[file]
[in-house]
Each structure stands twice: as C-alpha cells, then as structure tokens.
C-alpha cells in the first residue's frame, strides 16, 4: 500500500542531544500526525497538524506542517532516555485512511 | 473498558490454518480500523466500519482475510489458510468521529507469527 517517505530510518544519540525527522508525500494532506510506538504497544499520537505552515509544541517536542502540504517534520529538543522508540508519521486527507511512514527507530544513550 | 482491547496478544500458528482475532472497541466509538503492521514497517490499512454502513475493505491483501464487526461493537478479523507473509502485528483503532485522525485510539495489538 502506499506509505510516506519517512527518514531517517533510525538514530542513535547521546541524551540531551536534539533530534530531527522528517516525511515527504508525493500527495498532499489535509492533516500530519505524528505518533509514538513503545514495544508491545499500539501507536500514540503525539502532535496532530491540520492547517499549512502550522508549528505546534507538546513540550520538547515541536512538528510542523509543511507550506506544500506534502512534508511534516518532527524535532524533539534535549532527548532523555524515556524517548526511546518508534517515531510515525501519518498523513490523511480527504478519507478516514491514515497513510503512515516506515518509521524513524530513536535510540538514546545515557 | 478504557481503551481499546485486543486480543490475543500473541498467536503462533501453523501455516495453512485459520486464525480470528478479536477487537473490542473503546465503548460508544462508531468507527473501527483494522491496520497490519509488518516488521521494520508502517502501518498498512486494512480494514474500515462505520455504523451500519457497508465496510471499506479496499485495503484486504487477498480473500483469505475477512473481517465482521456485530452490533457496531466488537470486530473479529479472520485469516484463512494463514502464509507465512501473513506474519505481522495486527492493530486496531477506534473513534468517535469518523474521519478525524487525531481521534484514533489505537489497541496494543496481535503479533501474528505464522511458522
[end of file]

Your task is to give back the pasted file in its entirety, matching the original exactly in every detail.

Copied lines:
[in-house]
Each structure stands twice: as C-alpha cells, then as structure tokens.
C-alpha cells in the first residue's frame, strides 16, 4: 500500500542531544500526525497538524506542517532516555485512511 | 473498558490454518480500523466500519482475510489458510468521529507469527 517517505530510518544519540525527522508525500494532506510506538504497544499520537505552515509544541517536542502540504517534520529538543522508540508519521486527507511512514527507530544513550 | 482491547496478544500458528482475532472497541466509538503492521514497517490499512454502513475493505491483501464487526461493537478479523507473509502485528483503532485522525485510539495489538 502506499506509505510516506519517512527518514531517517533510525538514530542513535547521546541524551540531551536534539533530534530531527522528517516525511515527504508525493500527495498532499489535509492533516500530519505524528505518533509514538513503545514495544508491545499500539501507536500514540503525539502532535496532530491540520492547517499549512502550522508549528505546534507538546513540550520538547515541536512538528510542523509543511507550506506544500506534502512534508511534516518532527524535532524533539534535549532527548532523555524515556524517548526511546518508534517515531510515525501519518498523513490523511480527504478519507478516514491514515497513510503512515516506515518509521524513524530513536535510540538514546545515557 | 478504557481503551481499546485486543486480543490475543500473541498467536503462533501453523501455516495453512485459520486464525480470528478479536477487537473490542473503546465503548460508544462508531468507527473501527483494522491496520497490519509488518516488521521494520508502517502501518498498512486494512480494514474500515462505520455504523451500519457497508465496510471499506479496499485495503484486504487477498480473500483469505475477512473481517465482521456485530452490533457496531466488537470486530473479529479472520485469516484463512494463514502464509507465512501473513506474519505481522495486527492493530486496531477506534473513534468517535469518523474521519478525524487525531481521534484514533489505537489497541496494543496481535503479533501474528505464522511458522